6. Green Cardamom says:

    Alexis,

    Thank you for the update. I’ve been working on a project for the past 6 months to link Wikipedia articles to Internet Archive. Focusing on authors. See for example the Wikipedia author page for A. A. Milne at the bottom of the page is a link that says “Works by A. A. Milne at Internet Archive”. I have added almost 10,000 authors, thus far.

    The trouble is in building the URLs to link to IA. With the old site, the search terms are highlighted making it easy to visually gauge when a search has a lot of false positives. The new sight there is no highlighting and thus it’s more difficult to determine. Most searches bring up false positives and it’s often difficult to determine which are good results and which to ignore. Without the highlighting it’s extremely difficult if not impossible when there are 100s or 1000s of results. Could search highlighting be an option enabled? Thanks for the consideration.

    Green Cardamom

    • Alexis Rossi says:

      Hi Green Cardamom,

      First, thank you for making sure Wikipedia readers can get to relevant source materials – that’s so important!

      Also, thank you for the feedback on the site – we will take this into consideration as we look at further changes.

      Thanks,
      Alexis

  7. joseph says:

    “The evolution of downloading files from items is a great example of the process we’ve been following.”

  8. lotusgreen says:

    Would that I had the money.

    Has anyone ever asked google why they have such a neglectful attitude to the scanning of visual images?

    • Alexis Rossi says:

      There are many articles about the Google book scanning program published in the late 2000s, and some of them definitely deal with the issue of scan quality.

  9. Michael R. H. Swanson says:

    I have been using Internet Archive as long as is has existed. I look at the reasons for the “new version” and see that one of the reasons is “35% of our ~3 million daily users are on mobile/tablet devices, and the classic site is not easy to use on small formats.” My math tells mt that 65 % of your uses or not quite 6 million users are NOT using mobile/tablet devices. I am one of those nearly 6 million users. The search facilities on the new site are far more difficult to use for scholars, perhaps more difficult for the older scholars like myself. I hope you keep the older version in the wayback machine, so I don’t have to grit my teeth every time I try to use this version.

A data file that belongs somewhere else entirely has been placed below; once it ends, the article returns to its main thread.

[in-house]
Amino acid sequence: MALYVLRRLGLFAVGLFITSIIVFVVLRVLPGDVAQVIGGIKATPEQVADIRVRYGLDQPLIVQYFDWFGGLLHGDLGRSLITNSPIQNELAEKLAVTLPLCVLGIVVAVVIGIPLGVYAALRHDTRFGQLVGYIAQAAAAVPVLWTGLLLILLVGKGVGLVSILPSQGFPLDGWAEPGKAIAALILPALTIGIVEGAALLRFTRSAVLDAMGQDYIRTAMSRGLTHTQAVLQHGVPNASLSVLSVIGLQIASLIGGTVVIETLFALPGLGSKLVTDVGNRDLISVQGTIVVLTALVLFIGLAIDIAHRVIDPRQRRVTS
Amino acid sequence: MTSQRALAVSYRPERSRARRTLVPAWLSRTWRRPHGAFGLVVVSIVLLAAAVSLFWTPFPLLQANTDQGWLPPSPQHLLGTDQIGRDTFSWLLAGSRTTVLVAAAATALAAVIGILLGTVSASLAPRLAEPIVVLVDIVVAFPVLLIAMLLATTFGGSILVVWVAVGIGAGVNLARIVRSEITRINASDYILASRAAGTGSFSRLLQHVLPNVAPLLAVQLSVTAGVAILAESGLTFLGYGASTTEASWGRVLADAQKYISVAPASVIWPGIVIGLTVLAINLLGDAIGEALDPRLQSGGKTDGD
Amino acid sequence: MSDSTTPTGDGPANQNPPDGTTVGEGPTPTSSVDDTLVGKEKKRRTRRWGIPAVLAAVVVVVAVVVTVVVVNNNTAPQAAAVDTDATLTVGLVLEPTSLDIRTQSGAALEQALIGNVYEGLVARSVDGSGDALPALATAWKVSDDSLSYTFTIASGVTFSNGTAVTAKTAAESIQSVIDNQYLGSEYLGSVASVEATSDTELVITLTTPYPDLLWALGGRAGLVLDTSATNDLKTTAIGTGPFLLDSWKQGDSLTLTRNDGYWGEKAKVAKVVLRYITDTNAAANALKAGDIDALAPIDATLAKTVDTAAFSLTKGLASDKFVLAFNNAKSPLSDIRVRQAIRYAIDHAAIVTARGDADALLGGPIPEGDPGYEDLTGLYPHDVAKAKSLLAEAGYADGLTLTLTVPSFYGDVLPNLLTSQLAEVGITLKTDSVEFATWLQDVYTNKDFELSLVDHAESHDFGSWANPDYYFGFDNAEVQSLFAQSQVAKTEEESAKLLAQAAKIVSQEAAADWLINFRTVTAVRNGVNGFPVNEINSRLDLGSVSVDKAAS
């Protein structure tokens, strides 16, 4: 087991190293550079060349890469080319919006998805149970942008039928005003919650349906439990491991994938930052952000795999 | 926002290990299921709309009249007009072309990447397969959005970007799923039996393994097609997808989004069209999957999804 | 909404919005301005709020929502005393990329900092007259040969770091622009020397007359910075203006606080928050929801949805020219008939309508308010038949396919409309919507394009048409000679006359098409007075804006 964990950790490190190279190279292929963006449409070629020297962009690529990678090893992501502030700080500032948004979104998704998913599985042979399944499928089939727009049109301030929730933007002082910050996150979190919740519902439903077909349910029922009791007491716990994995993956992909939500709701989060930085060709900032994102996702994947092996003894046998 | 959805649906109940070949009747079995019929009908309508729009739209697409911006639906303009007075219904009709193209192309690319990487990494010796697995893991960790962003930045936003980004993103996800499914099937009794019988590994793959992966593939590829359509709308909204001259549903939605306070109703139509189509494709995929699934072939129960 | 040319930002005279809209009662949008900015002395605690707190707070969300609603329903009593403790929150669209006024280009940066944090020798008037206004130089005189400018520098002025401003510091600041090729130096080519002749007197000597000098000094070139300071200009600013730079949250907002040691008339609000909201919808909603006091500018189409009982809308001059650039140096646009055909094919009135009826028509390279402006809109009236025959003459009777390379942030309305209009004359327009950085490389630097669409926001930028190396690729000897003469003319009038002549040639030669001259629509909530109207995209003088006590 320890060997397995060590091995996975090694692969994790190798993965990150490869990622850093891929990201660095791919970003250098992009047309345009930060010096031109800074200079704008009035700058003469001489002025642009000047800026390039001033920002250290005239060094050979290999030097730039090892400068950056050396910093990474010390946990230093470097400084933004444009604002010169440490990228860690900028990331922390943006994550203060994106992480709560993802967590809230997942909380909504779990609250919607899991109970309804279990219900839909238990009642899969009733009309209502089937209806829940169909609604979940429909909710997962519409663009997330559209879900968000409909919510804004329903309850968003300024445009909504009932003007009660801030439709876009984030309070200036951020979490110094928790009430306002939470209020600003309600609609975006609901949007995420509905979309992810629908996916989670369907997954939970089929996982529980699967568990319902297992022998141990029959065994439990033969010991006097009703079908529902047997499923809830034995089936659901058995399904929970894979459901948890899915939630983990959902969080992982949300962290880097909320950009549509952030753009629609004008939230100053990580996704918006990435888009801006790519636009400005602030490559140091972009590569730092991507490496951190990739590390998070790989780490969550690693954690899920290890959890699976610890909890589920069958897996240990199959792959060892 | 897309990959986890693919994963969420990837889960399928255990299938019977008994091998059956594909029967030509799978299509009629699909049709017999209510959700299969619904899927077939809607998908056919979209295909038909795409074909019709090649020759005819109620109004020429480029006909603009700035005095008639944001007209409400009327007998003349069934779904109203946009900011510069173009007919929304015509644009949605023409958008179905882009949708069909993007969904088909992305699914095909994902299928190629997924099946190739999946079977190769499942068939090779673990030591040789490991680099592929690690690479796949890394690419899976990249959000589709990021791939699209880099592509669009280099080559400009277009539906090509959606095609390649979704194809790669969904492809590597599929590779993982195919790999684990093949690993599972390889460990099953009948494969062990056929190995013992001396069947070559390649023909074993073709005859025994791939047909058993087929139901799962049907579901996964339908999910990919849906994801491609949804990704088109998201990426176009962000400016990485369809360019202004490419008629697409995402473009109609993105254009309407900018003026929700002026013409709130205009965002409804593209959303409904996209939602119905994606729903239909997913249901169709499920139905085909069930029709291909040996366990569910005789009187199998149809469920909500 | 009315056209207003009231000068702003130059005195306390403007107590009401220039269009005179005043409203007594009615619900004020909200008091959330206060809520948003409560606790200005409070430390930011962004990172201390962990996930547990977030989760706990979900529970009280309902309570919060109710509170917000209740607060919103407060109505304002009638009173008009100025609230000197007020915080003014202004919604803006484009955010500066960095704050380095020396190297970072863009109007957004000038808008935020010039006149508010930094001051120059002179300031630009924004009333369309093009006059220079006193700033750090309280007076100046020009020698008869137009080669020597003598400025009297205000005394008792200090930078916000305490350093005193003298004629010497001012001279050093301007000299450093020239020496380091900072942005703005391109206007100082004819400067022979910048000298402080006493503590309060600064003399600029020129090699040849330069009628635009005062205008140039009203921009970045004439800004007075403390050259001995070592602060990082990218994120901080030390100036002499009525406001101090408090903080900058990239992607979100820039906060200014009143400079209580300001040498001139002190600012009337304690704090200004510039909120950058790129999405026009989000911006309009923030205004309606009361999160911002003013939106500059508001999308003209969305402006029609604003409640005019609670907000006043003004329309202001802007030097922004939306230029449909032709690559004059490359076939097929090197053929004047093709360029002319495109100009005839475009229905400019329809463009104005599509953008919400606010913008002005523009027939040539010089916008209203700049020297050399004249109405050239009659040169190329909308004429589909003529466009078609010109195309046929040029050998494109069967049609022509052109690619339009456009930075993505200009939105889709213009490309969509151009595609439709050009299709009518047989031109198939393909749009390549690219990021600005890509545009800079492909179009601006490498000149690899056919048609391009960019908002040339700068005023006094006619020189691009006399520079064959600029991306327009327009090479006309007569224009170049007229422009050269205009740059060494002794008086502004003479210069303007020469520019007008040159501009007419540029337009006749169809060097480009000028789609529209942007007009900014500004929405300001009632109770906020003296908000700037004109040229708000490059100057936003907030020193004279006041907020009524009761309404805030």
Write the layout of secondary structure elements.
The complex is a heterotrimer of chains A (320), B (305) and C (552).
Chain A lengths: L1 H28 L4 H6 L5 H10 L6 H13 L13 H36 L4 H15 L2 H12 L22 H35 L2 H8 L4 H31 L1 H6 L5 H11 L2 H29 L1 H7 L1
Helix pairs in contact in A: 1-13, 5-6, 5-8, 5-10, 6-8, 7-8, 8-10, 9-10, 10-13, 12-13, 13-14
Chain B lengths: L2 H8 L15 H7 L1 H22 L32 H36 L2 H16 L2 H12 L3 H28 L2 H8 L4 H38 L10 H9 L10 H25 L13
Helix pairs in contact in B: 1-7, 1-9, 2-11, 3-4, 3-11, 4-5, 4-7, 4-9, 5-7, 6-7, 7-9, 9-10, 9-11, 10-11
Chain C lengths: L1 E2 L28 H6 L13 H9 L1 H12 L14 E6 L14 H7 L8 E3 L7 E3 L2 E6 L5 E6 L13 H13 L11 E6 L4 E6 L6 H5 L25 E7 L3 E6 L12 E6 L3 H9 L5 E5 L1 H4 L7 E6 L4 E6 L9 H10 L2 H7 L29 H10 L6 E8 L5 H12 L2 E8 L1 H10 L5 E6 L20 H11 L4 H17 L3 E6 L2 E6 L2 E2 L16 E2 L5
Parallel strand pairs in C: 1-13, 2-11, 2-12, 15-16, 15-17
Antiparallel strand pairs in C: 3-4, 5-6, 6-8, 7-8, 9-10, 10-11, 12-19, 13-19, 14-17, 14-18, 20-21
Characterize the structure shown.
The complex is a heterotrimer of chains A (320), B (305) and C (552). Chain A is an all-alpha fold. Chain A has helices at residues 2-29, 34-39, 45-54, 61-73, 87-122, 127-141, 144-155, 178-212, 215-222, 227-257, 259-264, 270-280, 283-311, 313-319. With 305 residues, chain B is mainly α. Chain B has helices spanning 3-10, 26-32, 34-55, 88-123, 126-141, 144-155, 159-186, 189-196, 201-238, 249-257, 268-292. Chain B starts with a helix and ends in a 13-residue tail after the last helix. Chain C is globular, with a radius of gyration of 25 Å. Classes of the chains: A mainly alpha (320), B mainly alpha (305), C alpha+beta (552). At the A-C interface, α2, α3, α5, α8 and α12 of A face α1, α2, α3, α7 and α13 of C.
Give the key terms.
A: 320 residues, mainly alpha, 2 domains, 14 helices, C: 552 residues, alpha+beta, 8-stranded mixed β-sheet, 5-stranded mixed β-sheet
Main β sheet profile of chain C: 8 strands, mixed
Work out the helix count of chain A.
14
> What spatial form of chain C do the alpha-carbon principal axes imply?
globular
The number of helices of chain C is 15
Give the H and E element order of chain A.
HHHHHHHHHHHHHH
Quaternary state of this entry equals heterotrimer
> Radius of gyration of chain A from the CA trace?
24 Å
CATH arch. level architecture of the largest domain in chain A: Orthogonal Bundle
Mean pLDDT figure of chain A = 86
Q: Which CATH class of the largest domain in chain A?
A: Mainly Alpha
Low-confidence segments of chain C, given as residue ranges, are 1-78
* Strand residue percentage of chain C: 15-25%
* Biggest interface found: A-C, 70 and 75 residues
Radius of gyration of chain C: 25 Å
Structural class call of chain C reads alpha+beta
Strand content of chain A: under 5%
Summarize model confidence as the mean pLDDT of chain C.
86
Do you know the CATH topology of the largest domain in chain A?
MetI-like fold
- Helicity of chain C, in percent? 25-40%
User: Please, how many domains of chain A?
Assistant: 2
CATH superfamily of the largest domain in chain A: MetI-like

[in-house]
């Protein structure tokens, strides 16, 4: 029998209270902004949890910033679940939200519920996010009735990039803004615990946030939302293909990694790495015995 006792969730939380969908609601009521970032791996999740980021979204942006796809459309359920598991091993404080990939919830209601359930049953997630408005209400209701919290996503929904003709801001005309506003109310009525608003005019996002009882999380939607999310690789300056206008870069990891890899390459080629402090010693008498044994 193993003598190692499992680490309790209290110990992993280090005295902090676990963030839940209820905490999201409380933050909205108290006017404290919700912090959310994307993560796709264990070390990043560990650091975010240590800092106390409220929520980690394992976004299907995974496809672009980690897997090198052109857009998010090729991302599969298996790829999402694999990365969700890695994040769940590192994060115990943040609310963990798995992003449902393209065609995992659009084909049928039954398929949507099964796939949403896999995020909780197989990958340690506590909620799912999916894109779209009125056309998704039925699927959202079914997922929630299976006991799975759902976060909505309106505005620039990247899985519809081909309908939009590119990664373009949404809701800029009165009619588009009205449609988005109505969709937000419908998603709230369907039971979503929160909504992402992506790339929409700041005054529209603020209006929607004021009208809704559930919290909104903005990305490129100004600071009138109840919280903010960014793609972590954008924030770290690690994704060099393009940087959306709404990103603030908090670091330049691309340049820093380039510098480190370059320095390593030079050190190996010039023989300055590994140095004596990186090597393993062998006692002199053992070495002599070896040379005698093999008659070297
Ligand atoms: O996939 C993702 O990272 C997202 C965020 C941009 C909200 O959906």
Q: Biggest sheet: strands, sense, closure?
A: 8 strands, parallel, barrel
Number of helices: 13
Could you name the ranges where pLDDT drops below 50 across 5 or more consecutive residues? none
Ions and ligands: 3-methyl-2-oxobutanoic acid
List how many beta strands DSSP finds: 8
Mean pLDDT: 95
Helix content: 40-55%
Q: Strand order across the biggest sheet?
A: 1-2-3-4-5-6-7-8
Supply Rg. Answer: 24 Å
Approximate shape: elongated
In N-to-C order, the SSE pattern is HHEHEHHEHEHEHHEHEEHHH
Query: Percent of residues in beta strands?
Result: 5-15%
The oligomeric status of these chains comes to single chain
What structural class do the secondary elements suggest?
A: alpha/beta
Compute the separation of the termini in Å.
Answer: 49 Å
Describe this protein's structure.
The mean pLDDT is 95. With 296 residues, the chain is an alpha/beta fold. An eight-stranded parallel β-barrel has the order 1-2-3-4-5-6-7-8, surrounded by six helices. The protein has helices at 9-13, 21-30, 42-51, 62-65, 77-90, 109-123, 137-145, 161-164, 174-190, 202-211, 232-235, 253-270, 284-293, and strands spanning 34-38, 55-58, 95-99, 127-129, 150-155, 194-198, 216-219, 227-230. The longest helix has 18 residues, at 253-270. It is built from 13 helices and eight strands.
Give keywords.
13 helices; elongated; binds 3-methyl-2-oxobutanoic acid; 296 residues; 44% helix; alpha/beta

10. Andrew Bontrager says:

    I’ve tried the new interface twice, and I’m afraid I won’t ever prefer it to the classic site. First, let me say that I’m a blind person using a screen reader, so my recommendations will be heavily slanted to this part of your audience.
    The first thing I notice in the new interface is it seems to be more cluttered than the classic version. There are more photos and related items on each details page. All these extras increase the load time on a slow connection.
    In version 2, there appear to be two links for each mediatype. Web has two links, Audio has two links, and so on. The classic site has one link for each, which is nice.
    When I click “all files HTTPS” in the classic site, it comes up with a simple directory listing of all the files in an item. When I click the similar link in the new interface, there is a listing of the files, true enough, but there is also a list of other items to choose from, cluttering up the page and taking longer to load.
    I would plead that in the future, when the classic interface is unsupported, that there would be a program to instal or javascript to run that would preserve the elements of the classic interface, for those of us who are blind or have slow connections.
    Thank you.

    • Dan Boylle says: